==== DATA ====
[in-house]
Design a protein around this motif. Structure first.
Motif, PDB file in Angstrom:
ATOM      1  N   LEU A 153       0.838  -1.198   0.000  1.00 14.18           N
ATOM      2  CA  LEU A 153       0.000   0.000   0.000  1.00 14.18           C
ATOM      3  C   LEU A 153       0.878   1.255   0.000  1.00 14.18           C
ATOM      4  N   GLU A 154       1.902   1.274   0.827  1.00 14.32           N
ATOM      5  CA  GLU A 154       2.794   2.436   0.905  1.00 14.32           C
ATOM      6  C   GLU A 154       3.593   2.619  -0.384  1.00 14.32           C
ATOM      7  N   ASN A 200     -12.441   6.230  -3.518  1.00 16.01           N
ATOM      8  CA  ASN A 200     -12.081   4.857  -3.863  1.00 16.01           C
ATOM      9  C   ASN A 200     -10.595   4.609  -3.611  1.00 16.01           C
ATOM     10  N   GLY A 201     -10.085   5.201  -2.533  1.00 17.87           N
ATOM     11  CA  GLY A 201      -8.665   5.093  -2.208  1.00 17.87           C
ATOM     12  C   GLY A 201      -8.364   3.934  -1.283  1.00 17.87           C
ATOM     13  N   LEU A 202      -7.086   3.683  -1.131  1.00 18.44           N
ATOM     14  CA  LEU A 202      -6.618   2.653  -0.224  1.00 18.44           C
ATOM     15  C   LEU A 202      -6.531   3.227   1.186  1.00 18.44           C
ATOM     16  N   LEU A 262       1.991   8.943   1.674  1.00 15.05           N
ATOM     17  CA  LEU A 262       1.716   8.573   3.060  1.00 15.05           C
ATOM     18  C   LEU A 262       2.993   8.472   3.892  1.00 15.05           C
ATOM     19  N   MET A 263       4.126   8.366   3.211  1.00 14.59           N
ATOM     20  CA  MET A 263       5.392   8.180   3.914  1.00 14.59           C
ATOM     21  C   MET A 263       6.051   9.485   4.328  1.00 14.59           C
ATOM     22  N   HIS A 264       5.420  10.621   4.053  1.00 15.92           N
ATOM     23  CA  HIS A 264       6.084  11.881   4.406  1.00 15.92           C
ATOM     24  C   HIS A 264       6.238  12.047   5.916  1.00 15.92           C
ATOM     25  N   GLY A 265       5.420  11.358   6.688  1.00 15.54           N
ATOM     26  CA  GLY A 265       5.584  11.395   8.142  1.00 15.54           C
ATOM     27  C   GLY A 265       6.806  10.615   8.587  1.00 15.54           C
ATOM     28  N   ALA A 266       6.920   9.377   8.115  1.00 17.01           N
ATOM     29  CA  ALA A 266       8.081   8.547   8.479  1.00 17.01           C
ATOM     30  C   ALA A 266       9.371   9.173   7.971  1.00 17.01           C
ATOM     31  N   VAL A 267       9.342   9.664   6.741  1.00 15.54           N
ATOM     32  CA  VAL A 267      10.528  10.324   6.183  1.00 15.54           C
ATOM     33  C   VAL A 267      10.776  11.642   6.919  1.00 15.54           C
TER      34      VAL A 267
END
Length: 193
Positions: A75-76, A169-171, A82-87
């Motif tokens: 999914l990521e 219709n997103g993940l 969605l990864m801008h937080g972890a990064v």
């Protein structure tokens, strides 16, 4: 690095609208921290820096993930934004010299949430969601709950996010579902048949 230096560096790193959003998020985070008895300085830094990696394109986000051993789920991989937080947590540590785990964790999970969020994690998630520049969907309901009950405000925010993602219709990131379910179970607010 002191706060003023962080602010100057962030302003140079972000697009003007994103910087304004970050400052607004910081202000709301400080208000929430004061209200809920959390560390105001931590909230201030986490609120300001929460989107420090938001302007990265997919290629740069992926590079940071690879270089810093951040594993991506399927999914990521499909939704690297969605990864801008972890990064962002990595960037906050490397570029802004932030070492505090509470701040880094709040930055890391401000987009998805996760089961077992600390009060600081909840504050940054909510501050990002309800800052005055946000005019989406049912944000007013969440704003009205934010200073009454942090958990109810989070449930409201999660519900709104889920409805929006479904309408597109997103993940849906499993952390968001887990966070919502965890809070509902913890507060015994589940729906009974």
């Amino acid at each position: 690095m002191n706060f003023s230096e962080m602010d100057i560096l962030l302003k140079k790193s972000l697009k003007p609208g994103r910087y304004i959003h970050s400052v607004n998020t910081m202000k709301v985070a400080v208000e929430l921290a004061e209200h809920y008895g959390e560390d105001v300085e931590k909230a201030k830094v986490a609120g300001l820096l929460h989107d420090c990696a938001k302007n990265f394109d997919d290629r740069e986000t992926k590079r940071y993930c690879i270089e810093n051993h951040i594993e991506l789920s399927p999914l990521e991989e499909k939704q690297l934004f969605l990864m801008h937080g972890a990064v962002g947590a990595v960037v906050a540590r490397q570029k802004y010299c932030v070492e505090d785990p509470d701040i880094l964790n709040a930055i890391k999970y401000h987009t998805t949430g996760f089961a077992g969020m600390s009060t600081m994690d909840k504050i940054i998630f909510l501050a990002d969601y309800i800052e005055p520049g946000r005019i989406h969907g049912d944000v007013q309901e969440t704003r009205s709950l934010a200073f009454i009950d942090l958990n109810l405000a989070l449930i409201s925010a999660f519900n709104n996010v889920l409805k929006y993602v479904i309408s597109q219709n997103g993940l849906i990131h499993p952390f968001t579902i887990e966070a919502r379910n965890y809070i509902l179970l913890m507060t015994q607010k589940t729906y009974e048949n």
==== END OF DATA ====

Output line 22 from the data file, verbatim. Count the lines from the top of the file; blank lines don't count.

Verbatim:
ATOM     19  N   MET A 263       4.126   8.366   3.211  1.00 14.59           N